If you've decided that it's time your family had a pool of its own, you might be excited to get the installation process underway. Before you get a contractor in to start the job, you should do your research to make sure you're getting the best pool for your needs. Here are three things you should ask your swimming pool contractor before installing a pool.
What types of pool do you offer?
Assuming you've chosen an in-ground pool, you may have several different pool types to choose from. The different types vary with the materials used in their construction, and include gunite, vinyl-lined and fiberglass. You may also find poured concrete pools, though these are more difficult to install and offered less frequently than the other types. Gunite pools are popular because they can be made in almost any shape, and they're installed by applying a special concrete mixture directly onto a rebar frame that has been set in a hole that has been dug into the ground to house the pool.
Vinyl lined pools are similar to above ground vinyl pools. A hole is dug in the ground to accommodate the frame, then the vinyl liner is installed and typically lasts ten years before it must be replaced. Fiberglass pools are preformed pools that are placed in the ground on top of a sand base. All of the inground pools have some sort of plumbing and filtration system installed to keep the water suitable for swimming.
Where is the best location for a pool on my property?
Before you even ask for a quote for a pool, check to see if you are allowed to have an inground pool on your property. Some zoning laws and homeowners associations prohibit this, so check to be sure. If you are allowed, you need to find the best spot for the pool, and that spot may not be where you want it to be.
Your contractor will have to take into consideration things like the location of any underground plumbing or wiring on your property, and they'll have to make sure it's not located directly beneath power or telephone lines. They'll also pick a spot that's on slightly higher ground, if possible, to prevent rain from washing mud and debris into the pool. For safety's sake, your swimming pool contractor may also recommend that you place it within easy sight from the house, so you can keep an eye on swimmers from inside.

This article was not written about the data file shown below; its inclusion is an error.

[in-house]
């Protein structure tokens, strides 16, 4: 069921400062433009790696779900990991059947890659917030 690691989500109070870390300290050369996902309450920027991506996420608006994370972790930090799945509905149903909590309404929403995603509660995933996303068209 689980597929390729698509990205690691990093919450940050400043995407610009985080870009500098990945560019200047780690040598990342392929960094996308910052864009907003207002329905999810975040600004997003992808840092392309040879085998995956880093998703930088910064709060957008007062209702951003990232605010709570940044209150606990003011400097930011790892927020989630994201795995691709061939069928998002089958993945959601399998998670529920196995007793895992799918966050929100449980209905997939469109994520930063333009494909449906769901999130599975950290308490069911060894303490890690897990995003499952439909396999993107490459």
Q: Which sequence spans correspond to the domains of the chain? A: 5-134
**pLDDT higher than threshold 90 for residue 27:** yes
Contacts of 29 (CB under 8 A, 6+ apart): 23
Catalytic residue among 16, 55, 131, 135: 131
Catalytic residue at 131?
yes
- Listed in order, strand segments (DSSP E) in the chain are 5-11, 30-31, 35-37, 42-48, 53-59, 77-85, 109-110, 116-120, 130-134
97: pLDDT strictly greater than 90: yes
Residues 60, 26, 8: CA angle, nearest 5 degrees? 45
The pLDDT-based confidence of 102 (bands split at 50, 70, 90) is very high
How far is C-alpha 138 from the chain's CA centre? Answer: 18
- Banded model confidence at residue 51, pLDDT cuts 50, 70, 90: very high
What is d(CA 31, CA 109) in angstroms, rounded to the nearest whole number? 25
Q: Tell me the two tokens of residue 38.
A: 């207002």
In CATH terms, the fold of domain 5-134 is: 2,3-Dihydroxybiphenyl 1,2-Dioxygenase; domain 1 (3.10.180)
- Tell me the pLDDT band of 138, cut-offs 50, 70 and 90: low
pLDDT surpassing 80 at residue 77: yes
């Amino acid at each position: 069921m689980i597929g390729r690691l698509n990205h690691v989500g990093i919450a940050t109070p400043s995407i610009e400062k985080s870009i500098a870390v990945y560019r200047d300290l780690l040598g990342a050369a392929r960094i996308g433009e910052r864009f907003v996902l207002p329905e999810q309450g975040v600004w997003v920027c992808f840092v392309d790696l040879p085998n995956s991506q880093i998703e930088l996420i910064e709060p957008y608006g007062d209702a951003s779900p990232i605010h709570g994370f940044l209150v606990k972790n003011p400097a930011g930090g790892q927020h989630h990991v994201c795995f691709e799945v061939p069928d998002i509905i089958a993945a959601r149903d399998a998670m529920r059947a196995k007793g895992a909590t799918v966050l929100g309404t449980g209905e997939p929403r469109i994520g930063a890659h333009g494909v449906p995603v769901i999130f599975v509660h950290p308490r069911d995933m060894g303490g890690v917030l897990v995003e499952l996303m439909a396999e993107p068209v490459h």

What type of maintenance will my pool require?
You'll need to take steps to maintain both the water in the pool and the pool itself if you want it to last you a long time. Regular maintenance is fairly simple and easy to do, but it can be time consuming. Vacuuming debris from the pool, testing the pH levels of the water and maintaining chemical levels are the primary maintenance activities you'll have to do most often, but occasionally you'll also have to clean the walls of the pool to prevent any buildup of algae.
Be sure to ask about off-season maintenance as well. During the cold weather months, you may need to drain the pool, prepare the pump and filtration equipment for winter and cover the pool to keep leaves, animals and children from getting into the empty pool. Most pools don't need to be drained completely, but should be drained below any tiles or the lowest pool water return.
Inground swimming pools can be a lot of fun, but only if they're installed properly and maintained regularly. Before the swimming pool construction begins, be sure to find out what you'll need to do to keep it looking great and functioning properly in the years to come.